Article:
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John Eggers: Do you want to marry me?

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John Eggers: Do you want to marry me?
Bemidji Minnesota P.O. Box 455 56619

On the first day of teaching my interpersonal communications class at Northwest Tech, before I said anything, I asked my students, “What is the most important thing I have said so far?” I think that’s the best question I have ever asked my students.

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After they took a stab at some answers one of the students got it right. “Maybe it is what you haven’t said that really is the most important thing.” I let the student take the rest of the semester off. I should have asked him, “Would you like to help me teach the class?”

I think I would have made a good talk show host because I love asking people questions. I enjoy learning where they grew up, what they like to do when they are not working, where they graduated from high school and what are their dreams for the future. The more they tell me, the more I learn. I am a professional student and this is one way I can be taught without paying tuition. Someone did ask me once, “Did you know that you do look a little like David Letterman?”

I remember quite a few years ago I wrote a column where I used nothing but questions. I wonder if anyone read it?

What was the last big question you asked or that was asked of you? Isn’t that a good question?

I had the opportunity to attend a summer seminar for principals at Harvard way back when. One of our instructors talked to us about school law and he did it by doing nothing but asking questions. It was truly a remarkable teaching strategy. Maybe he wanted to be the current day version of Socrates who also used questions to teach. They say Socrates was given hemlock poison to drink because he was corrupting the minds of youth by asking too many questions. Can you still buy hemlock?

Some questions can be scary. I was asked a scary question a few weeks ago when I was in my fish house. I heard these snowmobiles coming towards me and before I knew it there was a rap on the door, “Can we see your license?”

I said “no.” My license was still in my summer tackle box so I asked them if I could go get it on shore. We walked to shore together. I dug out the license and they said “Well, it looks like you are current.” They were very nice about it and then I asked them, “Do you know where the fish are biting?”

I guess the most important question I asked anyone was of my wife when I kind of stumbled and stuttered, “Will you marry me?” Or, did I say, “How would you like to marry me?”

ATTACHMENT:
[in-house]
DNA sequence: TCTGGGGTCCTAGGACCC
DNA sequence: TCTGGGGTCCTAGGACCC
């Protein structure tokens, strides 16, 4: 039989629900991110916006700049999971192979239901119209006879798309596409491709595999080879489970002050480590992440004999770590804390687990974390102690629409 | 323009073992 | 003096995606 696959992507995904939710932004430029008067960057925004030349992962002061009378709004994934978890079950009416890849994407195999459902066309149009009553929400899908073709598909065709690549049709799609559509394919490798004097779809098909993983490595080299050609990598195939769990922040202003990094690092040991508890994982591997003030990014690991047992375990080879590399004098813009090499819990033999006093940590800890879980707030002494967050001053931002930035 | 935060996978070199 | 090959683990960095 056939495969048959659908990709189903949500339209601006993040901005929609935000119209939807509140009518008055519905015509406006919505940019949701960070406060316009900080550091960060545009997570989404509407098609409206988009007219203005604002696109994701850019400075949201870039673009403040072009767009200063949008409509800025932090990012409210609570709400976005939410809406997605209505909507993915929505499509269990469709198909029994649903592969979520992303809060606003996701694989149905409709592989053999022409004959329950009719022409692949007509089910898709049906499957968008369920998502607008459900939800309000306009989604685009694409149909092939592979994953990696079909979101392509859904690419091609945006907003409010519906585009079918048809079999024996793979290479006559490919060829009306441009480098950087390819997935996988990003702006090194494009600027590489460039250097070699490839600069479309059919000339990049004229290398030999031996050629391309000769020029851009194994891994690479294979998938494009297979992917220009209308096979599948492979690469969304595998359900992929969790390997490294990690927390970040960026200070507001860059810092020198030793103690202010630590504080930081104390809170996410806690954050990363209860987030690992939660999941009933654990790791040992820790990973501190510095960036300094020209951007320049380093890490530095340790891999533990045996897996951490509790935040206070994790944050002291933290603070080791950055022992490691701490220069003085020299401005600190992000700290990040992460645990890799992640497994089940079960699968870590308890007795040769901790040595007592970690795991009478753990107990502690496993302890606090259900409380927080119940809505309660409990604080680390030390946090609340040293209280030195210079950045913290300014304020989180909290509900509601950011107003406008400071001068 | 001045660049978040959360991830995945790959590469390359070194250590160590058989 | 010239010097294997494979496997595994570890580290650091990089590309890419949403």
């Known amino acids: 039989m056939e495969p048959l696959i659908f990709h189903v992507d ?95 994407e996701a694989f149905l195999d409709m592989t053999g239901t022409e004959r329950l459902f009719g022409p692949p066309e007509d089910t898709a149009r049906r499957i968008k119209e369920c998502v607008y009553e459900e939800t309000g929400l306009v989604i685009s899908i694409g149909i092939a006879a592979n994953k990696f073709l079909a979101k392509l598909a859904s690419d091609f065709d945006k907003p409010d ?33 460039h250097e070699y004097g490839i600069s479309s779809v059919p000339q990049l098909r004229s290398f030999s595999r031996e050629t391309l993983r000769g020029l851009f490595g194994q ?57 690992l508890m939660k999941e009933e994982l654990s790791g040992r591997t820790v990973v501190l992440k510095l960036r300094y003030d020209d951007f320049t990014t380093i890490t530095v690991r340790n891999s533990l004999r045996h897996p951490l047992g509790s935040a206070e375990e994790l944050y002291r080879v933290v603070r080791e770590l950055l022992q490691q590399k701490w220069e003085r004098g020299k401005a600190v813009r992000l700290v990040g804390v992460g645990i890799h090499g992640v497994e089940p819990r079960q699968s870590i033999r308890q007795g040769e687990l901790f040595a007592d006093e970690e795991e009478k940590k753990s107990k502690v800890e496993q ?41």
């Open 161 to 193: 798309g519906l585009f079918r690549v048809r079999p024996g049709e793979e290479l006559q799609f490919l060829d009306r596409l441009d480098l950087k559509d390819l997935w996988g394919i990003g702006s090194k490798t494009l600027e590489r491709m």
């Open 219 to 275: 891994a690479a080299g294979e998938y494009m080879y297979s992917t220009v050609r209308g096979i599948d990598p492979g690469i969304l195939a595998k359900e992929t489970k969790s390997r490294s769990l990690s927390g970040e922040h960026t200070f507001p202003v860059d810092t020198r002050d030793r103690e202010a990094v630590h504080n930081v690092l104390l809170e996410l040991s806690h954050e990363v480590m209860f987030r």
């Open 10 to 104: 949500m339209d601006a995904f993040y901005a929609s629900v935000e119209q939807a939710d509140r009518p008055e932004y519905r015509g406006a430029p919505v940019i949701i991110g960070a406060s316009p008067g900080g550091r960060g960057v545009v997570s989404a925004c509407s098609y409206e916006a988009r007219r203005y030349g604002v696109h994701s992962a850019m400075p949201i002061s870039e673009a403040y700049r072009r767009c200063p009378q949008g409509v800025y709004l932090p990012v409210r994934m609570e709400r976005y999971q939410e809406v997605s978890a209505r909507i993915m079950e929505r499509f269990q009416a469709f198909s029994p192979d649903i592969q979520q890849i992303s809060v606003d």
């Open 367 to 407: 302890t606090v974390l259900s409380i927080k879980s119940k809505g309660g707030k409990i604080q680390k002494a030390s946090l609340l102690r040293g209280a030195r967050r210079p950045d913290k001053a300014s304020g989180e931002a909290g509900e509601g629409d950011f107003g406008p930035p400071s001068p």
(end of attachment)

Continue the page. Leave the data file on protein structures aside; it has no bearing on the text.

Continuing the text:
Or was it, “How would you feel about marrying someone from the Bullhead Capital of the World?” Anyway, she said, “Sure.” Or, was it, “If you want to.” Or, “Well, okay.”

It takes some courage to ask the really important questions. Questions that kids pose to their parents as teens can be risky. “Mom, Dad, can I go out on a date Friday night?” When daughters ask this question, parents begin thinking about the definition of “perplexed,” which happens when your lovely teen-age daughter shows up at 4 in the morning carrying a Gideon Bible. Were you ever perplexed about your kids?

Sometimes questions can be silly but still important to the person asking the question. George Carlin tells the story of a man on a park bench sitting on a newspaper. Another man walks by, sees the paper under the man’s rear end and asks, “Are you through reading the paper?” I don’t have to explain why that is funny, do I?”

If you had an audience with President Obama and could only ask him one question, what would it be? I would ask him, “Were you really born in Hawaii?” (Just kidding.) No, I would ask him, “How would you like to spend some time in Bemidji fishing through a hole in the ice?” What would you ask him? What would your kids ask him?

Other than “Will you marry me?” the other most important question I ever asked was “Can I ask your daughter to be my wife?” Yes, I actually asked my wife’s father and mother if I could marry her. Now wasn’t that a nice thing to do?

So what did they say? They said, “How soon?” No, not really. They said something like, “That would be just fine and we would be proud to have you in the family.” I hope I made them proud. I wonder if I did?

I then asked them, “Could I take Kathy out on a date? I promise I will bring her home before 2.” They looked a little perplexed.

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JOHN R. EGGERS of Bemidji is a former university professor and area principal. He also is a writer and public speaker.

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